On the edge of Richmond Hill looking over Dharug Country, stands a memorial to remember the Aboriginal men and women who suffered and fell from colonial violence.

Recognising the 1795 massacre commonly referred to as the Battle of Richmond Hill, the memorial is under the custodianship of Dharug people in partnership with St John of God Hospital.

The memorial was established in 2002 through community consultation, with a significant effort from many Aboriginal and non-Aboriginal people. The project was coordinated by local reconciliation group Projects for Reconciliation and was funded by Reconciliation NSW.

Dharug man, Chris Tobin was involved in the creation and notes that his role was inspired by a quote from Australian journalist John Pilger recognising that in each country town stands a memorial to those Australians who travelled to protect their homelands, but none to those who fought against foreign invasion.

“I’m one of the people that are active in Dharug history, because the people before us were the generation that was told to keep quiet. My sisters and I some of the educated mouthy ones I guess,” laughed Mr Tobin.

“We have a massacre site on our Country, it was time to memorialise that.”

Richmond Hill is a featured area in many colonial records.

“Four hundred settlers are moved in in 1794. Yam beds around the river are removed and corn was planted,” he said.

“When the corn was ripening a report when back to Parramatta that stated that there were sightings of Aboriginal people intending to take the corn. Sixty Red Coats were deployed under the instruction to hang any Aboriginal person they killed to drive away others.”

“Not long after, the Red Coats find a camp at night and shoot it up. We don’t know how many died. They took five prisoners to Parramatta, one of the women taken was carrying a baby who had been shot through her body. The baby died in hospital and the prisoners were released three days later.”

The memorial remembering this event and colonial violence across the region sits on the land of the St John of God Hospital in Richmond and maintained by the hospital gardeners.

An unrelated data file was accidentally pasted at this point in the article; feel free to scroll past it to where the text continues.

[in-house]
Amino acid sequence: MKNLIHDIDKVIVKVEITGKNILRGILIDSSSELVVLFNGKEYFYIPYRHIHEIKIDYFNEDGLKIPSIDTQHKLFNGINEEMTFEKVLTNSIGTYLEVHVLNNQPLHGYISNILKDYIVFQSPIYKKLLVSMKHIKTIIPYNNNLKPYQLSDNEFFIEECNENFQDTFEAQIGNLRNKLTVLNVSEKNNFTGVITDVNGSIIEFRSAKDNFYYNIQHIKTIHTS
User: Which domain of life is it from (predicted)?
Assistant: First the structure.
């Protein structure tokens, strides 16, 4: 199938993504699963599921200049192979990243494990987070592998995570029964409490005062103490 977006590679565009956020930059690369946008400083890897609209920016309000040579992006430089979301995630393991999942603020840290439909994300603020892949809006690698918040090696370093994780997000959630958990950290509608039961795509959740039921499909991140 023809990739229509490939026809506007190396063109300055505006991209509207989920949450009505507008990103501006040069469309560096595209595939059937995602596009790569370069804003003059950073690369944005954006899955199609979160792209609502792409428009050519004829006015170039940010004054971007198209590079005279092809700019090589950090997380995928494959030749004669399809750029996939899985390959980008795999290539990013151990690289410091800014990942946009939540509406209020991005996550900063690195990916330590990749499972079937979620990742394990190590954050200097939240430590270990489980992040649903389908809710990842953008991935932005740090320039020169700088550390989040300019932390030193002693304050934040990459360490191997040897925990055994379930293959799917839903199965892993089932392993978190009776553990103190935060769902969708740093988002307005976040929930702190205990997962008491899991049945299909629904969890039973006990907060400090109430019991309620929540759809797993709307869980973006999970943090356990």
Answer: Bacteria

“The memorial was a grassroots thing, we approached the brothers of St John of God, who immediately wanted to support us and that is really powerful,” Mr Tobin said.

“We have a space we can take First Nations peoples from other nations and share our history with them. For myself and other Aboriginal people, just knowing it is there has made this place much more liveable. I’m hoping it does that for other people too.”

“There isn’t much written about this history and I believe people still want to forget it. When my son was in school, his teacher told him there was no resistance to colonisation, which I couldn’t believe. But there are passionate teachers who see very clearly that this needs to be talked about.”

Mr Tobin is an ex-student and staff member of Nepean Creative and Performing Arts High School in Emu Plains, NSW and through this has made a connection with current Deputy Principal Matthew Knowles.

“I appreciate Matthew, he’s bringing Koori kids from the school that I used to go to, a local school, up here to learn about this,” Mr Tobin said.

Mr Knowles has established an elective Aboriginal studies class into the Year 7 curriculum and facilitates regular visits to the memorial.

“We are lucky to have a very significant and active community of Aboriginal students in the school who identify as strong within their culture. We thought it would be good would to speak with those students and tell them about the memorial, offer them the opportunity to come up first and work on the site and work with Chris,” Mr Knowles said.

“Two to three of those students … would accompany a group of students up every term and tell the story of the site, and the story of the people to those kids. The idea is that those stories, about the site and about the history come from the mouths of Aboriginal people.”

Both men are active in teaching the history of their local area.

“It’s about the true history of this area, stopping the myth that settlement was easy and calm and peaceful,” Mr Knowles said.

“Aboriginal people were fighting for survival in their own lands, so it’s important that the young people who live here understand they’re walking in the footprints of people who have been there for thousands and thousands of years. People who were not dispossessed willingly, who did fight for their Country, who did stand up valiantly for the Australian value of a fair go – I think that is important.”

“The stories from this part of the world are something all Australians can be proud of and can draw strength from. This is what we are, we are people who stand up for what is right.”

There is hope that through active engagement with history, the memorial and the stories can live on.

“I want it to have its own momentum, this space needs respect and for the legacy of peace to keep going,” Mr Tobin said.

“It is not about bashing the English, its more uplifting the profile of the people who stood up to the invasion, it’s about caring for our Country and remembering. You can’t change the past, you can shape the future by acknowledging it.”

By Rachael Knowles

*Editor’s note: this article has been amended to accurately reflect the parties involved in the memorial’s creation.